In a ‘season of mergers and acquisitions’ in the Nepali banking sector, the proposed acquisition of Civil Bank by the Himalayan Bank Limited (HBL) has moved further ahead with the former’s annual general meeting (AGM) approving the swap ratio.
The Civil Bank’s 12th AGM on Thursday endorsed the swap ratio of 100:80 that the two banks had agreed earlier. This means 100 shares of Civil Bank will get converted to 80.28 shares of Himalayan Bank after the acquisition.
According to Pratap Jung Pandey, Chairman of Civil Bank, the unified business will be started within Magh after getting final approval from the Nepal Rastra Bank.
For Himalayan Bank, the acquisition has become a sort of a matter of reputation, following the failed merger attempt with Nepal Investment Bank last year. Himalayan Bank started an initiative to acquire another commercial bank after its merger with Nepal Investment Bank Limited (NIB) got derailed at the final stage.
The HBL-NIB eight months long merger process was aborted after the 29th annual general meeting (AGM) of HBL held on January 14, 2022, disapproved the plan of merger with NIB. Only 43.63 percent voted in favor of the merger while 42 percent came against the merger. As per the rules, a merger proposal will only be passed after 75 percent of the shareholders of the bank approve it. Three major shareholders of the HBL – Employees’ Provident Fund, N Trading Company, and Chhaya International- stood against the merger.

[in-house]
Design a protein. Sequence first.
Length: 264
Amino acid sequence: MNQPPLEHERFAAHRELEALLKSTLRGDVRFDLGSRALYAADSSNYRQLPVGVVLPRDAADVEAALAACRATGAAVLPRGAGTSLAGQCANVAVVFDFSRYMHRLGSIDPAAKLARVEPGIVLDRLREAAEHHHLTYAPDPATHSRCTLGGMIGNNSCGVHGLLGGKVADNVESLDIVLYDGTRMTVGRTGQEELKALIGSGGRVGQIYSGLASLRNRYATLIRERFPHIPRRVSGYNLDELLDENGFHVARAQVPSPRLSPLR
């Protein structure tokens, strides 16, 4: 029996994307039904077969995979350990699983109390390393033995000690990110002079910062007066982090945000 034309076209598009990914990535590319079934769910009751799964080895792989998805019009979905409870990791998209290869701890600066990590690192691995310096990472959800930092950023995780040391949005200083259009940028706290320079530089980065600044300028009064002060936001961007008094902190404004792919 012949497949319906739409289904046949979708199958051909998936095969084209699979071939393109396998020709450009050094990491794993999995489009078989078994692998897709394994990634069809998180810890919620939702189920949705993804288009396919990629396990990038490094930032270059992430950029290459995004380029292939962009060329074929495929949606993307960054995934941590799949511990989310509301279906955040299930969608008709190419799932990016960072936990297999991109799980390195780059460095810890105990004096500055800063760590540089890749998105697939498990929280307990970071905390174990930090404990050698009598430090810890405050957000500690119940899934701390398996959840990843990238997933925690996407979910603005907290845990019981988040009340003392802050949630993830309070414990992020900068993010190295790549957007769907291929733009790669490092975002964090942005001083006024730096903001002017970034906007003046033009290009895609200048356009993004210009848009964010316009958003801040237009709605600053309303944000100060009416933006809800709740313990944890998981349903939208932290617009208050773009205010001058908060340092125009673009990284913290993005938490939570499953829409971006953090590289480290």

With Nepal Rastra Bank continuously pushing the HBL for the merger, the bank on July 13, 2022, signed an acquisition MoU with Civil Bank.
BFIs number declined by 183 in the past decade
The number of banks and financial institutions (BFIs) has declined by 183 in the last one decade after NRB announced its merger and acquisition policy. The number of BFIs that stood at 303 in 2012 has come down to 120 as of January 11, 2023.
Following the merger, a total of 10 commercial banks, 75 development banks, 61 finance companies, and 37 microfinance institutions have merged with other financial institutions. In 2022, 32 commercial banks, 92 development banks, 78 finance companies, and 111 microfinance institutions were operating in Nepal. Currently, this number has been reduced to 22 commercial banks, 17 development banks, 17 finance companies, and 64 microfinance institutions.